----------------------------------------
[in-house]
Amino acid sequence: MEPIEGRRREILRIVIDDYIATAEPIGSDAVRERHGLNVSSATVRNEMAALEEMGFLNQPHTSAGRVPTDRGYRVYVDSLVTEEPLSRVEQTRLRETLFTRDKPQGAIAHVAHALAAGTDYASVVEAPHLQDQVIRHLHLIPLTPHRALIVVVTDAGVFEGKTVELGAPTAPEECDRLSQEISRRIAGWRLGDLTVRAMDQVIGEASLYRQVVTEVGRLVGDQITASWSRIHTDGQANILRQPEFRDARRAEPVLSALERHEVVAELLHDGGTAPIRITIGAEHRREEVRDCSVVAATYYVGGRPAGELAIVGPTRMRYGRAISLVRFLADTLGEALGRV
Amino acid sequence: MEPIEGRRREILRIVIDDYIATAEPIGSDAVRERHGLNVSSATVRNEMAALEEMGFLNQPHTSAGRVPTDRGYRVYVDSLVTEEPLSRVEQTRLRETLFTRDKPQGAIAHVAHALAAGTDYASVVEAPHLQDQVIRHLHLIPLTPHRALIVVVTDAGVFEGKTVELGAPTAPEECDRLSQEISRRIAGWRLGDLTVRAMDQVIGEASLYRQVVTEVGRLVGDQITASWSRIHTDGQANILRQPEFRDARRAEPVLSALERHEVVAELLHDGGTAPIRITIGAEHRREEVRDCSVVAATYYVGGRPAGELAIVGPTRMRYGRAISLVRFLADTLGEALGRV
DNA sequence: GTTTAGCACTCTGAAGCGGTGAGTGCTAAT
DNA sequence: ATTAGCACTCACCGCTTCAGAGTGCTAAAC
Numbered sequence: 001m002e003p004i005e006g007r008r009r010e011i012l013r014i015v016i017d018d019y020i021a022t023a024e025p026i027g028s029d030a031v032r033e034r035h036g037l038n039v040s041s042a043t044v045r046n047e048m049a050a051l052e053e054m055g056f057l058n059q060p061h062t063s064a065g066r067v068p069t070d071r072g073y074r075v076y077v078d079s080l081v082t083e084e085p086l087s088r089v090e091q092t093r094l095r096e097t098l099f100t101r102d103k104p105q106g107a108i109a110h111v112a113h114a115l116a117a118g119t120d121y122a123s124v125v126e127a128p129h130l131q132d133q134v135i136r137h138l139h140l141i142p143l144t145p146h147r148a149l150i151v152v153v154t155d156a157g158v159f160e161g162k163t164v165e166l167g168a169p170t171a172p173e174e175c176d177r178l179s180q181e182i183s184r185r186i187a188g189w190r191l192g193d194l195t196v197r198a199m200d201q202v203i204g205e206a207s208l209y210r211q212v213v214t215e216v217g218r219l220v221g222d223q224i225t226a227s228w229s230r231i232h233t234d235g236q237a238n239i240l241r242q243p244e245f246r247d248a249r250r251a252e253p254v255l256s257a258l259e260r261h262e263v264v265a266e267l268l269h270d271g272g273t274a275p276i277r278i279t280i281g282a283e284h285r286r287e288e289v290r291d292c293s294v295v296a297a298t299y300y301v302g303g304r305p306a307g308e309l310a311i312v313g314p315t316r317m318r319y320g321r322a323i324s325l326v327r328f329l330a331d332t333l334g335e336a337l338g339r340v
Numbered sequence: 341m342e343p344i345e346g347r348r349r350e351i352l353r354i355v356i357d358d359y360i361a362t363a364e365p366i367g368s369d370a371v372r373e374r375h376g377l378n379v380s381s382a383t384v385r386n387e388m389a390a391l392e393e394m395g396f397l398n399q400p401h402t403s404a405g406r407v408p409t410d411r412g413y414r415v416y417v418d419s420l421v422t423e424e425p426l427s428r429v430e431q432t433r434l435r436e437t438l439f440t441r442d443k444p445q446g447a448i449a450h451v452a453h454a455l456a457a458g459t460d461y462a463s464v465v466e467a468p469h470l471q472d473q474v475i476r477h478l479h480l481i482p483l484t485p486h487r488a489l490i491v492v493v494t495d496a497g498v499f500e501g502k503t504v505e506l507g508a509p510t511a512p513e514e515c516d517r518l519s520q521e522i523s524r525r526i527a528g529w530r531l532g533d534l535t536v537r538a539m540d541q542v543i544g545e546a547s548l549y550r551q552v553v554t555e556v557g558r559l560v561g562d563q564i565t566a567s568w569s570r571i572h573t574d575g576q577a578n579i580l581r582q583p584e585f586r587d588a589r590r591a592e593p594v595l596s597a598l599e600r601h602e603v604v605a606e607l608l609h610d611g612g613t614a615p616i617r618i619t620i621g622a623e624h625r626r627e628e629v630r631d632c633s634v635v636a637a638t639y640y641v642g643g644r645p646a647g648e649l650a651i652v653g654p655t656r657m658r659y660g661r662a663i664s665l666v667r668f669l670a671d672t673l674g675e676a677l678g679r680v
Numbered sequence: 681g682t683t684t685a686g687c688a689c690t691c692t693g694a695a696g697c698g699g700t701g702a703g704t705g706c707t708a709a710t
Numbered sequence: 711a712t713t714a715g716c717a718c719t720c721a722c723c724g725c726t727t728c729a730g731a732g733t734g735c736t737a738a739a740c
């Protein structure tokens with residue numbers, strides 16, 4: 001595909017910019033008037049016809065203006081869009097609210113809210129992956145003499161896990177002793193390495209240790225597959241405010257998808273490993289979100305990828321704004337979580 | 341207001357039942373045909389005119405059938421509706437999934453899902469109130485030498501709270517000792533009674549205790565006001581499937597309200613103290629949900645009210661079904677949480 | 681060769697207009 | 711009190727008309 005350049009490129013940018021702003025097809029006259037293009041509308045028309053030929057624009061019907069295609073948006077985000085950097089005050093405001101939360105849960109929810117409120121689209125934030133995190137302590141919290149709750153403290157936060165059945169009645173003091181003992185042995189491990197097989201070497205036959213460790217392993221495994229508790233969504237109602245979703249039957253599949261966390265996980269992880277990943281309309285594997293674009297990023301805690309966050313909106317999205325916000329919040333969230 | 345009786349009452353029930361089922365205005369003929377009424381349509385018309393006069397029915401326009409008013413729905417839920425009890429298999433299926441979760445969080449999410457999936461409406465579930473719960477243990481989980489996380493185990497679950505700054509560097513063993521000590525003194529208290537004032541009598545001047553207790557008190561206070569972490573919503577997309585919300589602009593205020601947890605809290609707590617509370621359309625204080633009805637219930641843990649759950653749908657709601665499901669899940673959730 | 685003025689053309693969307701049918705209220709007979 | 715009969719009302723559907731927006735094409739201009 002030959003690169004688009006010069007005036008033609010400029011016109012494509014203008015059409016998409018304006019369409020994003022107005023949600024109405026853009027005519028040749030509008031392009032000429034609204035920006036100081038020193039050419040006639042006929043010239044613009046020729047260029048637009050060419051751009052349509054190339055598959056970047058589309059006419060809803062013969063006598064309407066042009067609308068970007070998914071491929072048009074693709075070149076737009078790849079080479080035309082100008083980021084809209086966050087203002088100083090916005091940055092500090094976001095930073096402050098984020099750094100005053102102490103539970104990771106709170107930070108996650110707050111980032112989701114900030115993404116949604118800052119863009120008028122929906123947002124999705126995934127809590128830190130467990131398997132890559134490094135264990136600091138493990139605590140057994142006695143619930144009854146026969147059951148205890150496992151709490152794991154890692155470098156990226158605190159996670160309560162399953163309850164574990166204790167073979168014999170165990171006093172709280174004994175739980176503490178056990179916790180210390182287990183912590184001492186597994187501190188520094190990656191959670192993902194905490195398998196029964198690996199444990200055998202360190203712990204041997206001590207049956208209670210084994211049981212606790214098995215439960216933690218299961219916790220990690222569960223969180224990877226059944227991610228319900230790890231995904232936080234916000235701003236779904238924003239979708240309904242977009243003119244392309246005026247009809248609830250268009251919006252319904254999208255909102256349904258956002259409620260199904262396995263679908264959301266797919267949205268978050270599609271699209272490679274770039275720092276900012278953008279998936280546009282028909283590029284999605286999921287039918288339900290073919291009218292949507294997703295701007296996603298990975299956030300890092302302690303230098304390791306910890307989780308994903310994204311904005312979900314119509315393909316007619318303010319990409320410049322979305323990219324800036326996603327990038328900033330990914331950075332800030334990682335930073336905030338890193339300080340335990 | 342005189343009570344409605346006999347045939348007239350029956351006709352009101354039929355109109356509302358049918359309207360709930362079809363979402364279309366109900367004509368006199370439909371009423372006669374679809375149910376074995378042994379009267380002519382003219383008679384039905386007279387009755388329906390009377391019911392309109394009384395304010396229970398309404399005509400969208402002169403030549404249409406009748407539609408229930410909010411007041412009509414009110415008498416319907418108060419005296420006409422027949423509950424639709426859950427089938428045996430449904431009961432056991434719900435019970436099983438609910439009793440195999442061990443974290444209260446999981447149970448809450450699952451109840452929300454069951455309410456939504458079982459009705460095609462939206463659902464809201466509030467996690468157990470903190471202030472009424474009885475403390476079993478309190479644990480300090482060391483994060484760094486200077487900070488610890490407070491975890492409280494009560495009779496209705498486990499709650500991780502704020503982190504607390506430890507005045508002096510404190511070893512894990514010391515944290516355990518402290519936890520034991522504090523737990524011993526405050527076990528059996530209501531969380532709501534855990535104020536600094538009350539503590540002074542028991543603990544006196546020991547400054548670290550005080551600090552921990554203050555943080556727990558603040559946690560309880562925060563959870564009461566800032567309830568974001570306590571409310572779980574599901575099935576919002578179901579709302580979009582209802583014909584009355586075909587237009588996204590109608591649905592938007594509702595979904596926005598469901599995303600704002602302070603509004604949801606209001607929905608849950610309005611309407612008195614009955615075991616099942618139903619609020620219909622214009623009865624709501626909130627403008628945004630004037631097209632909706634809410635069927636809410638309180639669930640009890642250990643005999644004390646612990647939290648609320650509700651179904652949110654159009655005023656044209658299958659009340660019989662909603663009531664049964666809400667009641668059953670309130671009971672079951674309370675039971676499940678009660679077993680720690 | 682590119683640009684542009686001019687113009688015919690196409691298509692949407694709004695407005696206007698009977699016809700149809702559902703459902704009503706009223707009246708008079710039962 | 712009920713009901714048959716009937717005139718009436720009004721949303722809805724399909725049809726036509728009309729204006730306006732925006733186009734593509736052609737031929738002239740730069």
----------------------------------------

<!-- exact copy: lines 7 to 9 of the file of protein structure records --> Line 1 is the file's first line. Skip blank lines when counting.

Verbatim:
Numbered sequence: 341m342e343p344i345e346g347r348r349r350e351i352l353r354i355v356i357d358d359y360i361a362t363a364e365p366i367g368s369d370a371v372r373e374r375h376g377l378n379v380s381s382a383t384v385r386n387e388m389a390a391l392e393e394m395g396f397l398n399q400p401h402t403s404a405g406r407v408p409t410d411r412g413y414r415v416y417v418d419s420l421v422t423e424e425p426l427s428r429v430e431q432t433r434l435r436e437t438l439f440t441r442d443k444p445q446g447a448i449a450h451v452a453h454a455l456a457a458g459t460d461y462a463s464v465v466e467a468p469h470l471q472d473q474v475i476r477h478l479h480l481i482p483l484t485p486h487r488a489l490i491v492v493v494t495d496a497g498v499f500e501g502k503t504v505e506l507g508a509p510t511a512p513e514e515c516d517r518l519s520q521e522i523s524r525r526i527a528g529w530r531l532g533d534l535t536v537r538a539m540d541q542v543i544g545e546a547s548l549y550r551q552v553v554t555e556v557g558r559l560v561g562d563q564i565t566a567s568w569s570r571i572h573t574d575g576q577a578n579i580l581r582q583p584e585f586r587d588a589r590r591a592e593p594v595l596s597a598l599e600r601h602e603v604v605a606e607l608l609h610d611g612g613t614a615p616i617r618i619t620i621g622a623e624h625r626r627e628e629v630r631d632c633s634v635v636a637a638t639y640y641v642g643g644r645p646a647g648e649l650a651i652v653g654p655t656r657m658r659y660g661r662a663i664s665l666v667r668f669l670a671d672t673l674g675e676a677l678g679r680v
Numbered sequence: 681g682t683t684t685a686g687c688a689c690t691c692t693g694a695a696g697c698g699g700t701g702a703g704t705g706c707t708a709a710t
Numbered sequence: 711a712t713t714a715g716c717a718c719t720c721a722c723c724g725c726t727t728c729a730g731a732g733t734g735c736t737a738a739a740c